Hawaii, March 6, 1999
In the second meeting
of the U.S. Coral Reef Task Force today in Maui, Commerce Deputy Secretary Robert Mallett,
on behalf of the Task Force, announced a series of actions to
begin the collaborated effort to protect and restore coral reefs.
After being in existence for
less than nine months, the Task Force identified a number of
key actions to begin implementing over the next six months, including:
- Launch a comprehensive effort
to map and assess U.S. coral reefs in the Pacific;
- Establish a coordinated network
of coral reef protected areas, building on existing federal,
state, territory and other sites and activities;
- Implement a coordinated coral
reef monitoring program, building on federal, state, territory
and other partners and including support for international efforts
such as the Global Coral Reef Monitoring Network;
- Coordinate efforts among federal,
state, territory and other partners to build emergency response
capabilities and restore injured coral reefs;
- Strengthen local and regional
efforts to protect coral reefs through support for priority items
identified in the U.S. Islands Coral Reef Initiative.
The Task Force also passed four resolutions today on critical
issues facing coral reefs. The Force voted to:
- Support evaluating options to
address imports of coral and coral reef species and promote sustainable
harvesting of traded coral reef resources (the U.S. is the world's
largest importer of corals, currently importing 80 percent of
all coral and 50 percent of aquarium fish traded worldwide);
- Support the existing U.S. Islands
Coral Reef strategy as a priority for new funds proposed in President
Clinton's FY2000 Lands Legacy Initiative;
- Support the Department of State's
statement on coral bleaching and climate change. The statement
acknowledged that in 1998 coral reefs around the world suffered
the most extensive bleaching and subsequent mortality in modern
record. It is likely that anthropogenic global warming has contributed
to increasing sea surface temperatures, the extensive coral bleaching,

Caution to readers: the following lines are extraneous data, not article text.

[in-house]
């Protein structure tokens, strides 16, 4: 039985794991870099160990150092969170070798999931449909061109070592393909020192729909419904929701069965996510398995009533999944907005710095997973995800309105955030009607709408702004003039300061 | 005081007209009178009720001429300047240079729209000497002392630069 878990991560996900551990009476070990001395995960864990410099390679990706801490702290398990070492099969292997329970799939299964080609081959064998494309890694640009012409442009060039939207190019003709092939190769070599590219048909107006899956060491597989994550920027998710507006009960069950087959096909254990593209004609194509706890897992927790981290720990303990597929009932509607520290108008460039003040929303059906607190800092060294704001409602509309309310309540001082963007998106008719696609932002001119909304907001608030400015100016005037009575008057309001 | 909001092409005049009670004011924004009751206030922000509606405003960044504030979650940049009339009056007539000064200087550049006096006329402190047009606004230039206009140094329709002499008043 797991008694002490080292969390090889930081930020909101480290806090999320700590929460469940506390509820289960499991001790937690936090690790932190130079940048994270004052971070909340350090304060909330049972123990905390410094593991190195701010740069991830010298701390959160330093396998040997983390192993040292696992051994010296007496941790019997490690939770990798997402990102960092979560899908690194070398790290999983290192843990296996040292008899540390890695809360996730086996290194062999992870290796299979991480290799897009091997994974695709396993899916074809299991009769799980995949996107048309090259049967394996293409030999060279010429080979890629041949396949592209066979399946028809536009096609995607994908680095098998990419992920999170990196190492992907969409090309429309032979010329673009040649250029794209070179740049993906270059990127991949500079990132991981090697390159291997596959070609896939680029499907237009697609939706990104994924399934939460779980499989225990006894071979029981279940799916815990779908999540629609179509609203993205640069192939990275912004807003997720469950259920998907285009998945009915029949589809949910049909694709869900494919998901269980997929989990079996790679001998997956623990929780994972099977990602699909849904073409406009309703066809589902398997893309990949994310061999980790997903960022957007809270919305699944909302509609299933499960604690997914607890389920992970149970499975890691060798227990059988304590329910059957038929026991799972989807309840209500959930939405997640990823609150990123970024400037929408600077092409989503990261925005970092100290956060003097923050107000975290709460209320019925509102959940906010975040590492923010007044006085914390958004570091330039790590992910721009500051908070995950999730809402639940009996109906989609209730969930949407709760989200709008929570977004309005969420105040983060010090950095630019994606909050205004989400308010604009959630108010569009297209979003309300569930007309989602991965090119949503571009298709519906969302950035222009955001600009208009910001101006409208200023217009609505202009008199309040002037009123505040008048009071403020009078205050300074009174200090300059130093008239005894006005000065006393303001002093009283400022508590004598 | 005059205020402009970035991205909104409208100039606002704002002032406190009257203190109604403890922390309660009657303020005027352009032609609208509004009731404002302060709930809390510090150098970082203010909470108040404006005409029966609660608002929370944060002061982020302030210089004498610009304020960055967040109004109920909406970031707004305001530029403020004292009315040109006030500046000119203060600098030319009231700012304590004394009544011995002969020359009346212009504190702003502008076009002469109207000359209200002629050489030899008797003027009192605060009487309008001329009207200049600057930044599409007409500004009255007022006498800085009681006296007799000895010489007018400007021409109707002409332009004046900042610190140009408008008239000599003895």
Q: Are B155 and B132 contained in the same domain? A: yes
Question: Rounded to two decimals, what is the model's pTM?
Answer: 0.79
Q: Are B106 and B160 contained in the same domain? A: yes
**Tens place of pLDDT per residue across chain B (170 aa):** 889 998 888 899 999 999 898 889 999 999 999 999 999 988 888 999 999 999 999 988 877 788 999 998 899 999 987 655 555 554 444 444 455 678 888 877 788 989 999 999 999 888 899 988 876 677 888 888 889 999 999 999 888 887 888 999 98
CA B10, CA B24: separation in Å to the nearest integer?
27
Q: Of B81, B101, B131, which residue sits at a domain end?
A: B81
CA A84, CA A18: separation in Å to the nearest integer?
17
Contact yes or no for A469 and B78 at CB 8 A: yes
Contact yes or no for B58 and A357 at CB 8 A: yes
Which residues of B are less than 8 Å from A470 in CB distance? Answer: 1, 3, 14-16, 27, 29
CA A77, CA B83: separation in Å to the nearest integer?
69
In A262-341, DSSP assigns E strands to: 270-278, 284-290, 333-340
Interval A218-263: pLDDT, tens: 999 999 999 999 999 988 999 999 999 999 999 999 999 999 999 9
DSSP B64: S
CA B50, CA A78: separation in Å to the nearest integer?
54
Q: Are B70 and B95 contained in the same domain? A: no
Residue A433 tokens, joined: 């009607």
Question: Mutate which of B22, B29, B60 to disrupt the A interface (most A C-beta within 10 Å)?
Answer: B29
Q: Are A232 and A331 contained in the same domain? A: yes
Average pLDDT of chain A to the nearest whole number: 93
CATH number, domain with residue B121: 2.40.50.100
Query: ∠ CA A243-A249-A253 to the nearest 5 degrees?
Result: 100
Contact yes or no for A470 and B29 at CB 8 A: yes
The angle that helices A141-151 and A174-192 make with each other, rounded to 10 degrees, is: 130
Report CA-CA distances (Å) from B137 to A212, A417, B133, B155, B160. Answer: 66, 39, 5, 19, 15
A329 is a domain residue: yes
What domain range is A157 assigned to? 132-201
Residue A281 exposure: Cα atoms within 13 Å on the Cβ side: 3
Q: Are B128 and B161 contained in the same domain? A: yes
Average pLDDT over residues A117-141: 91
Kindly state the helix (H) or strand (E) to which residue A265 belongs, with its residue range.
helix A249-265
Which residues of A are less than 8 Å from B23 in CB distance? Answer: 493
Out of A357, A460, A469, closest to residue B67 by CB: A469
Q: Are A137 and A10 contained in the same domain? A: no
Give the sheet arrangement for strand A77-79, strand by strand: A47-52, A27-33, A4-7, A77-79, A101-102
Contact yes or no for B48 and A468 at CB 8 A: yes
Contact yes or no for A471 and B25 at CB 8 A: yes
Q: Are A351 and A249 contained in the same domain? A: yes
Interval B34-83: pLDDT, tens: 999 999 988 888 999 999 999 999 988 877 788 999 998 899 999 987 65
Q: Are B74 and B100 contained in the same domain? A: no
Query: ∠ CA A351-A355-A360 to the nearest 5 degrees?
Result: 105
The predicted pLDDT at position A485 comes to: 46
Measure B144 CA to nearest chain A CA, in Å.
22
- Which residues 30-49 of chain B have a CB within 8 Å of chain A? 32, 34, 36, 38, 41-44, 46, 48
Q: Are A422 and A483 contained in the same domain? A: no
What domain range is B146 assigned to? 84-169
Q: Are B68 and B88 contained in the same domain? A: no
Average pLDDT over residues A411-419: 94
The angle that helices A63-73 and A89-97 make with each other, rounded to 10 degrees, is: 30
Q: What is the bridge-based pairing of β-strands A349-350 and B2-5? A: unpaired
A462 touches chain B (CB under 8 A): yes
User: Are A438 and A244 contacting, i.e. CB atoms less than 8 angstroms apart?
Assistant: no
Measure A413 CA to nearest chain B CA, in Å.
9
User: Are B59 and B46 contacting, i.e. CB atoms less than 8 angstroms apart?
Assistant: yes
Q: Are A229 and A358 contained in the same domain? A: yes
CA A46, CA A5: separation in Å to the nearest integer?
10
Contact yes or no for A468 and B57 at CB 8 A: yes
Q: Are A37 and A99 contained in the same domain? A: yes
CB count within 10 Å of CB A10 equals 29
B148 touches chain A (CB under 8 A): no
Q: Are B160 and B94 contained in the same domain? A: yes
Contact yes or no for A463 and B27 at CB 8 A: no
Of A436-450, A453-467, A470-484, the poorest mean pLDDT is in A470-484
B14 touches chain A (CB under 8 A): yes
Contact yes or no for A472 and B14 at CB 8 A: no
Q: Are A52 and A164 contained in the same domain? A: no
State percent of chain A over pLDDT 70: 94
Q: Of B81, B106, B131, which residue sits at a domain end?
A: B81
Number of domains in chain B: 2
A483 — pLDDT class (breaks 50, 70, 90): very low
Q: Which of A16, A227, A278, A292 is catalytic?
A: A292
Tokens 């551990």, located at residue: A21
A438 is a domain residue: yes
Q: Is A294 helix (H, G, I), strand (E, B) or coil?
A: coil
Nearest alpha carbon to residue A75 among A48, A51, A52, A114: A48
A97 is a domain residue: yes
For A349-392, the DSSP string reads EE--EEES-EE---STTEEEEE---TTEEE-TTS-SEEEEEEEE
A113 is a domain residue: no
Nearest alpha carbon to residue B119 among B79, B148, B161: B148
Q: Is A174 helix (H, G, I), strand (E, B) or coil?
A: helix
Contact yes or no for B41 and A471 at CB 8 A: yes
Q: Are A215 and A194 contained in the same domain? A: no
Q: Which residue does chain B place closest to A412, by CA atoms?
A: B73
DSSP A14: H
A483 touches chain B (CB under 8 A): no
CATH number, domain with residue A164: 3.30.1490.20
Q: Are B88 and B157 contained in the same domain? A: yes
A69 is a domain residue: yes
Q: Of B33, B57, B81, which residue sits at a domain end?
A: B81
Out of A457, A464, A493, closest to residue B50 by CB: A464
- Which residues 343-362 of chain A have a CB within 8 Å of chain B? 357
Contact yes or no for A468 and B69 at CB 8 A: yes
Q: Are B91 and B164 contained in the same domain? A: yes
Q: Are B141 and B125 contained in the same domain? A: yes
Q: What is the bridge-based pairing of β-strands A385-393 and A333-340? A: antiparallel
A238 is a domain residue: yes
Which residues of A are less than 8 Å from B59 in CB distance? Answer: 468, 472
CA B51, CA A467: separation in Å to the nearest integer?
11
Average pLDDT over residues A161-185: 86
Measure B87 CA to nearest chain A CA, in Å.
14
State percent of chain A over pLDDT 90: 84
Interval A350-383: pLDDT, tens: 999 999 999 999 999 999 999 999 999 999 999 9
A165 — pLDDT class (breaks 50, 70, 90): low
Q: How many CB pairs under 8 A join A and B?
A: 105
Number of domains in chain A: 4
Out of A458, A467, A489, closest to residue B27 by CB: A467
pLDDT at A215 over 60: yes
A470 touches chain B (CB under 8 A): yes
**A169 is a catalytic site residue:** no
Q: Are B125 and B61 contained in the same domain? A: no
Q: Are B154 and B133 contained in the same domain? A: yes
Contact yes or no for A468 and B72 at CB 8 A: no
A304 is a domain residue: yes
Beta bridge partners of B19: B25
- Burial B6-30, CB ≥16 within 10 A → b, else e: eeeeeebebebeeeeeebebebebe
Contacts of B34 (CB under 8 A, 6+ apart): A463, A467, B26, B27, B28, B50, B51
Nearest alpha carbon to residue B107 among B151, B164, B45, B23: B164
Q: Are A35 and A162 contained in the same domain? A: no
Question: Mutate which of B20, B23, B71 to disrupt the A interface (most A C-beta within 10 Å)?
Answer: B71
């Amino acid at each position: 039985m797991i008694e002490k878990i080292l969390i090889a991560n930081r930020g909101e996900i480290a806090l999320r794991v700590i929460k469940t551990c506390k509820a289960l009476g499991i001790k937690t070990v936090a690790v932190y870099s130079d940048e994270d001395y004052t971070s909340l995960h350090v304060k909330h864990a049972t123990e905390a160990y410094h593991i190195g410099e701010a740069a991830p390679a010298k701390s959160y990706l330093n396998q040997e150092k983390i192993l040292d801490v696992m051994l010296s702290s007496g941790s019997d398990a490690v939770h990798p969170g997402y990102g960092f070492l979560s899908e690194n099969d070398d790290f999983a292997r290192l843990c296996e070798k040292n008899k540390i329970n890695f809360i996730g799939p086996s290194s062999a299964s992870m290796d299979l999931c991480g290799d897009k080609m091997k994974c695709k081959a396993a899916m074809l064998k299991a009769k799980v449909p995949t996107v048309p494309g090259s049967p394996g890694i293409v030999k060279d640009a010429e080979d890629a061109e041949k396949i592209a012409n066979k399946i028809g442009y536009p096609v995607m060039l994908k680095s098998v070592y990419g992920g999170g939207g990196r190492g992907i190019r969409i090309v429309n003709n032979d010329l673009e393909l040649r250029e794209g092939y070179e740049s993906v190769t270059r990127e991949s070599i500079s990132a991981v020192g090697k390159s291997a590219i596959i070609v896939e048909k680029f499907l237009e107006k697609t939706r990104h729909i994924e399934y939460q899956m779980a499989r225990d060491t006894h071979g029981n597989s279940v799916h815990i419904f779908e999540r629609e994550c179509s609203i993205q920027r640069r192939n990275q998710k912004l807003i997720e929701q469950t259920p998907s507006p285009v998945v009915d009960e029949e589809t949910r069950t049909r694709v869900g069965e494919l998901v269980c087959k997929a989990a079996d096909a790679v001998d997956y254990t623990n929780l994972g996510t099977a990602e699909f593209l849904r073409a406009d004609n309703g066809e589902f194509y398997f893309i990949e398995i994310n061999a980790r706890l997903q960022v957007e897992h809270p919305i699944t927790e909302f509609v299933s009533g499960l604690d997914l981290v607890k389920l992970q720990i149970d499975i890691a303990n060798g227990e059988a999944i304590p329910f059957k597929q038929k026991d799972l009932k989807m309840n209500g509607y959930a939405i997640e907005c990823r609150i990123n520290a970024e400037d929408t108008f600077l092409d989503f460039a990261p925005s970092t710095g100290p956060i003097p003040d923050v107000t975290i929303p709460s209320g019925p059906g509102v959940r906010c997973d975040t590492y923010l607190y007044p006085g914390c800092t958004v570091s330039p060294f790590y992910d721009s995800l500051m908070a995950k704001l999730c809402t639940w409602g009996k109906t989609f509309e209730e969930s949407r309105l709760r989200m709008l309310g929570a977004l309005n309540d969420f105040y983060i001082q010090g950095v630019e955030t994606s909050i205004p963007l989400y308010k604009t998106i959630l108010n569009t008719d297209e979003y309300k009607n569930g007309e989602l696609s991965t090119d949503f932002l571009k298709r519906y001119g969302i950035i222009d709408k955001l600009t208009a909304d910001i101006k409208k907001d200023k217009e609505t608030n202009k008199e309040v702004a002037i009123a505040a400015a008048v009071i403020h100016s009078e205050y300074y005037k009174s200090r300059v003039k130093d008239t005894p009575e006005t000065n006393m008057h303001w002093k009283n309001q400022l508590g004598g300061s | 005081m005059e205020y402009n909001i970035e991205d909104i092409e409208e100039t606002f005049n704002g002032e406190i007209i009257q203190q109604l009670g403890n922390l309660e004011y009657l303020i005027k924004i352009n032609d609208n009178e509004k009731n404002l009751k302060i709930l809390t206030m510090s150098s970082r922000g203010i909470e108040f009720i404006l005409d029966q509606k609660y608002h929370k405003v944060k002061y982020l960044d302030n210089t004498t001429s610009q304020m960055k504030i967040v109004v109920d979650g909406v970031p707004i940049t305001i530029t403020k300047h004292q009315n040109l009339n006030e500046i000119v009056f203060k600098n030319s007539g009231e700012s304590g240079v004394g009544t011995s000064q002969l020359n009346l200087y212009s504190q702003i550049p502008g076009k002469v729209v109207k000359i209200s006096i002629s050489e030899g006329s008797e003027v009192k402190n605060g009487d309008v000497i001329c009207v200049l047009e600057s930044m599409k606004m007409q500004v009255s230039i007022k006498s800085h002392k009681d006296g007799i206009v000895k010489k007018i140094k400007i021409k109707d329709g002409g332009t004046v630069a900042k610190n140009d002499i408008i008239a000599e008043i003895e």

and the coral mortality that occurred simultaneously; and
- Support the Asia Pacific Economic
Cooperative's resolution against destructive fishing practices,
including dynamite fishing and cyanide fishing.
"This plan of action is
a home run in our efforts to protect and restore coral reefs,"
said U.S. Department of Commerce Deputy Secretary Robert Mallett.
"These are critical issues and we are on the road to protecting
our valuable coral reefs."
"In nine months of existence,
this group has been able to create an excellent beginning to
a comprehensive and coordinated action plan to implement the
Executive Order and increase protection for coral reefs,"
said U.S. Department of Interior Assistant Secretary Don Berry.
"I am very happy with the
Task Force resolution that recognizes the hard work that has
been done by Guam and the other U.S. Islands in drafting the
U.S. Islands Coral Reef Initiative," said Guam Governor
Carl T.C. Gutierrez. "Our report lists approximately $3
million worth of concrete proposals for coral reef protection
in the islands."
In the next six months, working groups will build on their proposals
and present the Task Force with final strategies that will include
budget estimates and performance plans to track progress and
"This proposal gives the
Task Force clear direction and focus on near term actions in
FY1999 and FY
2000, and an action plan that identifies additional priorities,
needs and requirements in FY 2001 and beyond," said Commerce
Undersecretary for Oceans and Atmosphere D.
The Task Force meets again in
October 1999 for review and possible adoption of the working
group strategies as a Task Force Action Plan.
The Coral Reef Task Force was
established by Presidential Order on June 11, 1998, as part of
Ocean Conference in Monterey, Calif. The Task Force consists
of senior leaders of 11 federal agencies and representatives
of seven states and territories, and is co-chaired by the Secretary
of Interior and the Secretary of Commerce. The Task Force was
created to help implement research, monitoring, mapping, conservation,
restoration and international measures to reduce human impacts
on coral reefs.